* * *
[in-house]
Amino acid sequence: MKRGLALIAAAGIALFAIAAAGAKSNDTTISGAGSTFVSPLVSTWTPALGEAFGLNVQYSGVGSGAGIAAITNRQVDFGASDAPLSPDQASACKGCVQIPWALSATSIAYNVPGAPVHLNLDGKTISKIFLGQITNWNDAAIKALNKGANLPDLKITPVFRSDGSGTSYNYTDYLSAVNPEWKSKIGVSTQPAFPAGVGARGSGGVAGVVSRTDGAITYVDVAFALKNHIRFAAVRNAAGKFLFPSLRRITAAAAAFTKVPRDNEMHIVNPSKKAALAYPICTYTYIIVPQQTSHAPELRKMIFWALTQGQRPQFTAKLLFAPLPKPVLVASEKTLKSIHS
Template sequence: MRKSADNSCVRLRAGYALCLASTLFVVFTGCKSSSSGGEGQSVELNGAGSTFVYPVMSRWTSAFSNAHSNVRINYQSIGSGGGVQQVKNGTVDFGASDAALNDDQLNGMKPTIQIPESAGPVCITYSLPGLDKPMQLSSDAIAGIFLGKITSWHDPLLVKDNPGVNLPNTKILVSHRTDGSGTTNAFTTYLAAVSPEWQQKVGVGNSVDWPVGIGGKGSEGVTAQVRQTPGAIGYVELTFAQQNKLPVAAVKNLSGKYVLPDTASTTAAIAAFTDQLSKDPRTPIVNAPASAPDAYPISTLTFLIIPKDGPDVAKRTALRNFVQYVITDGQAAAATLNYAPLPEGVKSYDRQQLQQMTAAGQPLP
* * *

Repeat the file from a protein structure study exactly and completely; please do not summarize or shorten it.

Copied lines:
[in-house]
Amino acid sequence: MKRGLALIAAAGIALFAIAAAGAKSNDTTISGAGSTFVSPLVSTWTPALGEAFGLNVQYSGVGSGAGIAAITNRQVDFGASDAPLSPDQASACKGCVQIPWALSATSIAYNVPGAPVHLNLDGKTISKIFLGQITNWNDAAIKALNKGANLPDLKITPVFRSDGSGTSYNYTDYLSAVNPEWKSKIGVSTQPAFPAGVGARGSGGVAGVVSRTDGAITYVDVAFALKNHIRFAAVRNAAGKFLFPSLRRITAAAAAFTKVPRDNEMHIVNPSKKAALAYPICTYTYIIVPQQTSHAPELRKMIFWALTQGQRPQFTAKLLFAPLPKPVLVASEKTLKSIHS
Template sequence: MRKSADNSCVRLRAGYALCLASTLFVVFTGCKSSSSGGEGQSVELNGAGSTFVYPVMSRWTSAFSNAHSNVRINYQSIGSGGGVQQVKNGTVDFGASDAALNDDQLNGMKPTIQIPESAGPVCITYSLPGLDKPMQLSSDAIAGIFLGKITSWHDPLLVKDNPGVNLPNTKILVSHRTDGSGTTNAFTTYLAAVSPEWQQKVGVGNSVDWPVGIGGKGSEGVTAQVRQTPGAIGYVELTFAQQNKLPVAAVKNLSGKYVLPDTASTTAAIAAFTDQLSKDPRTPIVNAPASAPDAYPISTLTFLIIPKDGPDVAKRTALRNFVQYVITDGQAAAATLNYAPLPEGVKSYDRQQLQQMTAAGQPLP